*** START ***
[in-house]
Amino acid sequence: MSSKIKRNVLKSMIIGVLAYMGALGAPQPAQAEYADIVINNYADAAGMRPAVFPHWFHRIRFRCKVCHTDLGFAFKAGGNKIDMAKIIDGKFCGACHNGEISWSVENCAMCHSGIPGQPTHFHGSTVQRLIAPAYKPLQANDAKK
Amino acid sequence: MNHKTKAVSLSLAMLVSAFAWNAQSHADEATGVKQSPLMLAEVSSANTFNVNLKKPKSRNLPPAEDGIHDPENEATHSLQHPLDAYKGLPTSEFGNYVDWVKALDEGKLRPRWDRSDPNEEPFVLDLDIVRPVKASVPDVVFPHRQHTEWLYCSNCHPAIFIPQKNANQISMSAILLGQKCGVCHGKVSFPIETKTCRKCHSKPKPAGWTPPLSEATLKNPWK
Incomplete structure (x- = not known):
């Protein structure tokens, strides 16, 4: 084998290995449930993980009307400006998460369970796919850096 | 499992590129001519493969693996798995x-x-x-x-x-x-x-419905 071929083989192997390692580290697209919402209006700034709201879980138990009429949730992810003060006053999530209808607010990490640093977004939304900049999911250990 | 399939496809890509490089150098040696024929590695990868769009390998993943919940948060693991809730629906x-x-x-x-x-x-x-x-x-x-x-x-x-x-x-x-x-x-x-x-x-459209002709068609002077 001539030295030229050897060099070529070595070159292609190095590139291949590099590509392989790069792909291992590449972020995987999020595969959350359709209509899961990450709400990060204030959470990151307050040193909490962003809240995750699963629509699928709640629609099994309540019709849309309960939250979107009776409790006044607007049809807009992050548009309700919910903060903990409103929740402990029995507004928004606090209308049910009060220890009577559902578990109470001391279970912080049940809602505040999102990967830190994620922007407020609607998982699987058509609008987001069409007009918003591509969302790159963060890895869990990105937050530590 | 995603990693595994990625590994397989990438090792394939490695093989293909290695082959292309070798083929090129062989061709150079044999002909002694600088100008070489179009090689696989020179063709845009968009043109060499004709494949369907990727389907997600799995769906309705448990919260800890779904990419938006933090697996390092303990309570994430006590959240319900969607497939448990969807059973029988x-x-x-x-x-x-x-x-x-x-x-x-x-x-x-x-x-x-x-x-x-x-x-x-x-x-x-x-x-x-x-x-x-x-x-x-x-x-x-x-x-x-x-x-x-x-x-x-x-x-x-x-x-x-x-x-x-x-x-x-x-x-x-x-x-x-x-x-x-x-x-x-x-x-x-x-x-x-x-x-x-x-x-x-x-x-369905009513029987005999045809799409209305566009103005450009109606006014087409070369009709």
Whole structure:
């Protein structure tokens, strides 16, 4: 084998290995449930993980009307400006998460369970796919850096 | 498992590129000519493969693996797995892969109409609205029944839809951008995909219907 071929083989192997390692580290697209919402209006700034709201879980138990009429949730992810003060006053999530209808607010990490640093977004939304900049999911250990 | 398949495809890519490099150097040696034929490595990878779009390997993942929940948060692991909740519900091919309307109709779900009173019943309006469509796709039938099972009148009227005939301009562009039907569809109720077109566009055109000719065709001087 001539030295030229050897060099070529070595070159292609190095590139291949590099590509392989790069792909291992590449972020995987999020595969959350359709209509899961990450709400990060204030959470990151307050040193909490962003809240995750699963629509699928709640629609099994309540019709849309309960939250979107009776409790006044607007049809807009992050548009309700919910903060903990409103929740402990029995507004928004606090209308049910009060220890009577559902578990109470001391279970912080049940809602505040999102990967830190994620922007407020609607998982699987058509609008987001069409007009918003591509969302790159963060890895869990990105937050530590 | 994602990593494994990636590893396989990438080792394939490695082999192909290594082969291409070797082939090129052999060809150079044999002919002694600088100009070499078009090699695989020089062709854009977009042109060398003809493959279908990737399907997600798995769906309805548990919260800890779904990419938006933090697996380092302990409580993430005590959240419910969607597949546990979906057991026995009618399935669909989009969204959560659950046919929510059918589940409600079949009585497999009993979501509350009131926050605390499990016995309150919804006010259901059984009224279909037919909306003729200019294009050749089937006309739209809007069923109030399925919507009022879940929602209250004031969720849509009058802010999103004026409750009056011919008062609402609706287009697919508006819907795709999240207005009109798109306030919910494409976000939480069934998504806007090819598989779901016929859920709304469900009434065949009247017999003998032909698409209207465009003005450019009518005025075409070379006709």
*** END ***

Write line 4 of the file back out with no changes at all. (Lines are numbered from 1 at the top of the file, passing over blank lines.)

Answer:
Incomplete structure (x- = not known):